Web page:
This week, the White House announced that it intends to move forward on a proposed rule that would allow spouses of certain H-1B visa holders to work while present in the U.S. In 2002, Congress amended the Immigration and Nationality Act to authorize dependent spouses of L-1 and E visa holders to work while in the U.S. However, spouses of H-1B workers who are in H-4 status are currently prohibited from employment, often creating a disincentive for young, highly-skilled professionals to stay in the U.S.

Last year, the Department of Homeland Security (DHS) issued a Notice of Proposed Rulemaking (NPRM) indicating that it was pursuing a regulation that would make H-4 dependent spouses eligible for employment authorization where the H-1B principal has begun the process of seeking an employment-based green card and has extended his or her H-1B stay under the American Competitiveness in the Twenty-First Century Act of 2000 (AC21). Congress passed AC21 to minimize disruptions to business by allowing H-1B professionals with a pending or approved immigrant or labor certification petition to apply for extensions beyond the maximum six-year H-1B validity period.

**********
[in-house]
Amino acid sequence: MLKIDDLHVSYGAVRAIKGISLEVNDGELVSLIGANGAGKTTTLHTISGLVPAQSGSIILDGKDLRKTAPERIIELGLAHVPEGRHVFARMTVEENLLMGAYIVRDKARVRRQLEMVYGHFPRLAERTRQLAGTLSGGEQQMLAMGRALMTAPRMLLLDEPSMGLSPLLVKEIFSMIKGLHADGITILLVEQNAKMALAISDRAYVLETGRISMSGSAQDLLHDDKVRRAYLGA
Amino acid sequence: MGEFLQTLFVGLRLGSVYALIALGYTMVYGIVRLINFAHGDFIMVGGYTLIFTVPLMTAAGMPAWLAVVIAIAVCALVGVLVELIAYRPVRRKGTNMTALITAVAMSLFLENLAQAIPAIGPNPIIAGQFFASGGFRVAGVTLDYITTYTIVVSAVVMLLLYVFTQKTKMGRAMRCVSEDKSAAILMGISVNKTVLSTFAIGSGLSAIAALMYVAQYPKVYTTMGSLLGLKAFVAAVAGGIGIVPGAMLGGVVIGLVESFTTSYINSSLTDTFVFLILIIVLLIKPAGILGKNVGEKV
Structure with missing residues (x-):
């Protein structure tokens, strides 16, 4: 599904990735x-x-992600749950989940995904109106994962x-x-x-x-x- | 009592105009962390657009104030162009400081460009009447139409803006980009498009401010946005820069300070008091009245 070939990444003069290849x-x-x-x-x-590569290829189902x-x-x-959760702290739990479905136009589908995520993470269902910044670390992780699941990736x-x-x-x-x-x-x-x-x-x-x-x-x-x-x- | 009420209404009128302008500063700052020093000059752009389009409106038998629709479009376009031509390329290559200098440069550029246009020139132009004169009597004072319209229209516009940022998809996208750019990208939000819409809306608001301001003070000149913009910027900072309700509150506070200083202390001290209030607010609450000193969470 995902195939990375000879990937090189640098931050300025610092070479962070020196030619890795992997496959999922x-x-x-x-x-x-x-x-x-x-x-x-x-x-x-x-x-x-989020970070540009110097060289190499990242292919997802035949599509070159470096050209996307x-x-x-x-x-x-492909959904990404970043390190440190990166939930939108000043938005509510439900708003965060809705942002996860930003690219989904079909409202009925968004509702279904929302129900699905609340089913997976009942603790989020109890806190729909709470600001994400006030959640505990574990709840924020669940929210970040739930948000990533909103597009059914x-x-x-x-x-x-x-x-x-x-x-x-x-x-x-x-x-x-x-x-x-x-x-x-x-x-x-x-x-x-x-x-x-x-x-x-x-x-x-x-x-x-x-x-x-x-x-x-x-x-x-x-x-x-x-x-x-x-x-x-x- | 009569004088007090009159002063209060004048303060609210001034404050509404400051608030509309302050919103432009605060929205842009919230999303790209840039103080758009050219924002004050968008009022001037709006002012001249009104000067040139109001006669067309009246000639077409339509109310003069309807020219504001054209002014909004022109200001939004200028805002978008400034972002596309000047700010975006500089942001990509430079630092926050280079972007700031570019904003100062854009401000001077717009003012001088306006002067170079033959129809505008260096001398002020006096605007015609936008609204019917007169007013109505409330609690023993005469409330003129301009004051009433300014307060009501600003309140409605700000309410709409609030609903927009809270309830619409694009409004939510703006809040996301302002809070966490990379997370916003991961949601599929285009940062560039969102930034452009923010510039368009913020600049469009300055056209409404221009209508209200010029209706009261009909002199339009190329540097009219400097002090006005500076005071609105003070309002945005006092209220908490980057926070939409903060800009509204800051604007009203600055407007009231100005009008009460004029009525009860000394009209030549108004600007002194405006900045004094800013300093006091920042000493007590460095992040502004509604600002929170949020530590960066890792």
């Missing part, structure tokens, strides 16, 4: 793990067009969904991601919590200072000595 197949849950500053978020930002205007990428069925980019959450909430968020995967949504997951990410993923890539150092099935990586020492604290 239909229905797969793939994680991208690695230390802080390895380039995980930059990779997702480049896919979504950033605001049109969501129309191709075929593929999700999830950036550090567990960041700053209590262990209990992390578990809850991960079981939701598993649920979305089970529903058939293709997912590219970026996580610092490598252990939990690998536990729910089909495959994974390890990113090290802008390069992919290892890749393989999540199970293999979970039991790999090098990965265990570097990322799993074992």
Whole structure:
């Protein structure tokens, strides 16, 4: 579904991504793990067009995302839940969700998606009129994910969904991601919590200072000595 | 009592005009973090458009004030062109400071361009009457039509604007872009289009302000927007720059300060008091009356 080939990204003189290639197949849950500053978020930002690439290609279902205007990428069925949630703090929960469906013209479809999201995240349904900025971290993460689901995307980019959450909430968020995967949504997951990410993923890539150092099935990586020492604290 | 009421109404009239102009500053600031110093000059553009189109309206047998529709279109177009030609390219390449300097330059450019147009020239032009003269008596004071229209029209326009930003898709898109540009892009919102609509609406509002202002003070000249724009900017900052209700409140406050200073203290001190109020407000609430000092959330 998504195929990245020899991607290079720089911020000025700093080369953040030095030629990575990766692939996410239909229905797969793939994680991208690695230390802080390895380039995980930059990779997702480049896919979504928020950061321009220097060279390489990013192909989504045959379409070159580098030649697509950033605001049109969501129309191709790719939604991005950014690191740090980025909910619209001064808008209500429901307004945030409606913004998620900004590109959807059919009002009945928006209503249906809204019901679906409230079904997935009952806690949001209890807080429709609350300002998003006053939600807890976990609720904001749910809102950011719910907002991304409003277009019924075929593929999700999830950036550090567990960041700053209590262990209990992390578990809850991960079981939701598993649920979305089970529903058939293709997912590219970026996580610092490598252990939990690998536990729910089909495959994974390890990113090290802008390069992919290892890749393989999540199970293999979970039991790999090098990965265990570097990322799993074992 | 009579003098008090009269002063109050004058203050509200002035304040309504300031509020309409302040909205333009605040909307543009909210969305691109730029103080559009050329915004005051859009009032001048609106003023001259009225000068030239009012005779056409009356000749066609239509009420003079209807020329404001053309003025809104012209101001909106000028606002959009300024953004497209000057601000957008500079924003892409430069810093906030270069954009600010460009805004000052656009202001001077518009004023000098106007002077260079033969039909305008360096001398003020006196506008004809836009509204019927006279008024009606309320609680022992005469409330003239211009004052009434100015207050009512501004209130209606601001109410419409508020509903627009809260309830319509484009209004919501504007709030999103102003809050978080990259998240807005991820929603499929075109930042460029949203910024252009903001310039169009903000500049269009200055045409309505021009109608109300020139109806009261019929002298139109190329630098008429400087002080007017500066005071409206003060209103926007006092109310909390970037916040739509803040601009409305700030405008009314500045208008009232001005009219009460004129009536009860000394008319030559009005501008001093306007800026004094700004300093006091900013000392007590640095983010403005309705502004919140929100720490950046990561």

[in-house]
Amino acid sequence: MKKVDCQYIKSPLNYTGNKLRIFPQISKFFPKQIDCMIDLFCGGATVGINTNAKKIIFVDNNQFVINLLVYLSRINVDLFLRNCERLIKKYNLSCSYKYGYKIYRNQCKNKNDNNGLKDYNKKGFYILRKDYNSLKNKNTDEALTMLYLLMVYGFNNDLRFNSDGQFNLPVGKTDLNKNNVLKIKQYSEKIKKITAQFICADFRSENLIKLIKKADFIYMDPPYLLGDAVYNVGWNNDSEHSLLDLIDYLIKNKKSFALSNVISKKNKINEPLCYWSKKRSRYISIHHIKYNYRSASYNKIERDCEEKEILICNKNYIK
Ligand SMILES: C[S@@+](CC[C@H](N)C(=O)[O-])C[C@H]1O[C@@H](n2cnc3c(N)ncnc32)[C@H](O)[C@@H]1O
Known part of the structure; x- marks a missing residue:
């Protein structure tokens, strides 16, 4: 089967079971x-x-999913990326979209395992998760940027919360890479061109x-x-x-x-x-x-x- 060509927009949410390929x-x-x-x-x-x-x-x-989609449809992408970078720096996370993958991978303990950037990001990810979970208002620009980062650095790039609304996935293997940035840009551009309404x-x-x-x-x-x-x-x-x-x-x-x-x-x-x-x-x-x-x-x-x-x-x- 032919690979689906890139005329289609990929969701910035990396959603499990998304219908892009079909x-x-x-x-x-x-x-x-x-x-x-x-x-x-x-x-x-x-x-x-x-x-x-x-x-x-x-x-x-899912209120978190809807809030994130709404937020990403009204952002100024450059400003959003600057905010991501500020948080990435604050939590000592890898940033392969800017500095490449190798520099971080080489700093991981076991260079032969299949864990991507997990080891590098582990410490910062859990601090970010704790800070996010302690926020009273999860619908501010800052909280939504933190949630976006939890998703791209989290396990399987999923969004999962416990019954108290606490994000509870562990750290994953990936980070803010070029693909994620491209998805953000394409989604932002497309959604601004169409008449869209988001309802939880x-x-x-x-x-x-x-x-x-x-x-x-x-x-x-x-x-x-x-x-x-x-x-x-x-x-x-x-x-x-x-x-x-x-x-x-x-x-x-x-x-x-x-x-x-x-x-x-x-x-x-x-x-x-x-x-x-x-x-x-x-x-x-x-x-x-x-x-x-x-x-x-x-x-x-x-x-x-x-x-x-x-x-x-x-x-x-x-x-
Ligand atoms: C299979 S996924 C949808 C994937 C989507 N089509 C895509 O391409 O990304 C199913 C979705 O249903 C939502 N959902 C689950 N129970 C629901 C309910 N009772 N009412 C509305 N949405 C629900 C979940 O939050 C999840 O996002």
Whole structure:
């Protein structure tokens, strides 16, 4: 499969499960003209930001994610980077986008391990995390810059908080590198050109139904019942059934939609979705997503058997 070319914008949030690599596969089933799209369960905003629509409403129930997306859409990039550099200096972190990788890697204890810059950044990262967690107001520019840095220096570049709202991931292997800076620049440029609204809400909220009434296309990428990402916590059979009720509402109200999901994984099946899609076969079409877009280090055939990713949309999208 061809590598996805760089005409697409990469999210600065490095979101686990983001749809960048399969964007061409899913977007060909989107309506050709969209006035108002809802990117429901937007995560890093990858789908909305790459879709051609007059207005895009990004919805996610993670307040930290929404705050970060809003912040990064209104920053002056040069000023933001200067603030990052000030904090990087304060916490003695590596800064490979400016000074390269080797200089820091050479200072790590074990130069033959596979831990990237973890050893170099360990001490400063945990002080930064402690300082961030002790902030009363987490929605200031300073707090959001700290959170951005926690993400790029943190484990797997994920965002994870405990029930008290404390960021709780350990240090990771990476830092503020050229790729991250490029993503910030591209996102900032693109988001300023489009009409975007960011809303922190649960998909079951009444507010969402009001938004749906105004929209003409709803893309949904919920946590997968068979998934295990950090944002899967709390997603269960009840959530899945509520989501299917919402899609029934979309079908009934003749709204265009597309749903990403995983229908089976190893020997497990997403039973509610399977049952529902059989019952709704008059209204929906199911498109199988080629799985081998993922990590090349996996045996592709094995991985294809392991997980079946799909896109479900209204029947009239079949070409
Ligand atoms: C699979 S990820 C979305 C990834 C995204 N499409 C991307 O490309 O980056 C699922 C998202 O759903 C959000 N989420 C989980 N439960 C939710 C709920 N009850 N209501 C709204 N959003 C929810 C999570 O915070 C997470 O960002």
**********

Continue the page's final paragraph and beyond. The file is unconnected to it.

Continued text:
According to DHS, the proposed rule was “intended to mitigate some of the negative economic effects of limiting H-1B households to one income during lengthy waiting periods in the adjustment of status process. Also, this rule will encourage H-1B skilled workers to not abandon their adjustment application because their H-4 spouse is unable to work.” The proposed rule would likely be subject to public notice and comment, and any revised policy would not go into effect until DHS issues a final regulation. It is unclear whether DHS will alter the scope of last year’s Notice of Proposed Rulemaking.

BAL Analysis: The announcement by the White House will be well received by the business community. Last year’s Notice of Proposed Rulemaking did, however, limit work authorization to spouses of H-1B workers who are in the late stages of the green card process. Should DHS proceed with the proposed regulation, BAL will work with businesses and trade associations to expand the provision to reach other H-4 derivatives.

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